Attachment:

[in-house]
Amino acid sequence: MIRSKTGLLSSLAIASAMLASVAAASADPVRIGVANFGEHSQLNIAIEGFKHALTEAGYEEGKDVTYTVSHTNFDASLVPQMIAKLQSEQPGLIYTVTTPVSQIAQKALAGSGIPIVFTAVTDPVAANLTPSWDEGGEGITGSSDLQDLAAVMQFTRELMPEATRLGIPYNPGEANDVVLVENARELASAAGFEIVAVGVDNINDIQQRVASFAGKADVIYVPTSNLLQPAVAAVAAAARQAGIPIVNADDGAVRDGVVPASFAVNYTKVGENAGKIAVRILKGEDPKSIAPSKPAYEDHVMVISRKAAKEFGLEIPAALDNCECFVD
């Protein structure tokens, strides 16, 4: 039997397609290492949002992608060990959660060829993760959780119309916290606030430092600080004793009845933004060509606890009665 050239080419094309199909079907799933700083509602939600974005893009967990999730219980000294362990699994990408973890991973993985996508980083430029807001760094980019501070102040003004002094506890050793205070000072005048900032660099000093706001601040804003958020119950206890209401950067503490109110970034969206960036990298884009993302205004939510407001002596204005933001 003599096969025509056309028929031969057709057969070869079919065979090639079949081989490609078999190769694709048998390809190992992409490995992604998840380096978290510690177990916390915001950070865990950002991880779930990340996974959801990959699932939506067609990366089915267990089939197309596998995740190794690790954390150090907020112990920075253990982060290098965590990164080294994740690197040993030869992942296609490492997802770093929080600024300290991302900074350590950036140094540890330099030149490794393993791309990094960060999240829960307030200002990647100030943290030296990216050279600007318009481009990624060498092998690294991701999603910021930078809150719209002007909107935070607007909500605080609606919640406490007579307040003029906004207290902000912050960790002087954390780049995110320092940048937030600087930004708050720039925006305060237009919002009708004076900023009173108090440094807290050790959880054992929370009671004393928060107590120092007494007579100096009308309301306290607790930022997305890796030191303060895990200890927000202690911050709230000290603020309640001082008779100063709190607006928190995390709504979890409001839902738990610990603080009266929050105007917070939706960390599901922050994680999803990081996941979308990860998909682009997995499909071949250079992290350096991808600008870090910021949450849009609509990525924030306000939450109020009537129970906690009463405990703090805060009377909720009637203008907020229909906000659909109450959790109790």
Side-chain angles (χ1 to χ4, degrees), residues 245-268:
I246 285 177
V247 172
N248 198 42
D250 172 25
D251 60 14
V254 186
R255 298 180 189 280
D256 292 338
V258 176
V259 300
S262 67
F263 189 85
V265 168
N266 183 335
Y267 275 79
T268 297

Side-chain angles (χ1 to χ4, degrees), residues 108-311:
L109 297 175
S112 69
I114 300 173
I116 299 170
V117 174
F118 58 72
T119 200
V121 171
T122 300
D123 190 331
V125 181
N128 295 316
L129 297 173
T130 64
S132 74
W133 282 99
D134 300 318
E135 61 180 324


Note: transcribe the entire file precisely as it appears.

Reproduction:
[in-house]
Amino acid sequence: MIRSKTGLLSSLAIASAMLASVAAASADPVRIGVANFGEHSQLNIAIEGFKHALTEAGYEEGKDVTYTVSHTNFDASLVPQMIAKLQSEQPGLIYTVTTPVSQIAQKALAGSGIPIVFTAVTDPVAANLTPSWDEGGEGITGSSDLQDLAAVMQFTRELMPEATRLGIPYNPGEANDVVLVENARELASAAGFEIVAVGVDNINDIQQRVASFAGKADVIYVPTSNLLQPAVAAVAAAARQAGIPIVNADDGAVRDGVVPASFAVNYTKVGENAGKIAVRILKGEDPKSIAPSKPAYEDHVMVISRKAAKEFGLEIPAALDNCECFVD
């Protein structure tokens, strides 16, 4: 039997397609290492949002992608060990959660060829993760959780119309916290606030430092600080004793009845933004060509606890009665 050239080419094309199909079907799933700083509602939600974005893009967990999730219980000294362990699994990408973890991973993985996508980083430029807001760094980019501070102040003004002094506890050793205070000072005048900032660099000093706001601040804003958020119950206890209401950067503490109110970034969206960036990298884009993302205004939510407001002596204005933001 003599096969025509056309028929031969057709057969070869079919065979090639079949081989490609078999190769694709048998390809190992992409490995992604998840380096978290510690177990916390915001950070865990950002991880779930990340996974959801990959699932939506067609990366089915267990089939197309596998995740190794690790954390150090907020112990920075253990982060290098965590990164080294994740690197040993030869992942296609490492997802770093929080600024300290991302900074350590950036140094540890330099030149490794393993791309990094960060999240829960307030200002990647100030943290030296990216050279600007318009481009990624060498092998690294991701999603910021930078809150719209002007909107935070607007909500605080609606919640406490007579307040003029906004207290902000912050960790002087954390780049995110320092940048937030600087930004708050720039925006305060237009919002009708004076900023009173108090440094807290050790959880054992929370009671004393928060107590120092007494007579100096009308309301306290607790930022997305890796030191303060895990200890927000202690911050709230000290603020309640001082008779100063709190607006928190995390709504979890409001839902738990610990603080009266929050105007917070939706960390599901922050994680999803990081996941979308990860998909682009997995499909071949250079992290350096991808600008870090910021949450849009609509990525924030306000939450109020009537129970906690009463405990703090805060009377909720009637203008907020229909906000659909109450959790109790």
Side-chain angles (χ1 to χ4, degrees), residues 245-268:
I246 285 177
V247 172
N248 198 42
D250 172 25
D251 60 14
V254 186
R255 298 180 189 280
D256 292 338
V258 176
V259 300
S262 67
F263 189 85
V265 168
N266 183 335
Y267 275 79
T268 297

Side-chain angles (χ1 to χ4, degrees), residues 108-311:
L109 297 175
S112 69
I114 300 173
I116 299 170
V117 174
F118 58 72
T119 200
V121 171
T122 300
D123 190 331
V125 181
N128 295 316
L129 297 173
T130 64
S132 74
W133 282 99
D134 300 318
E135 61 180 324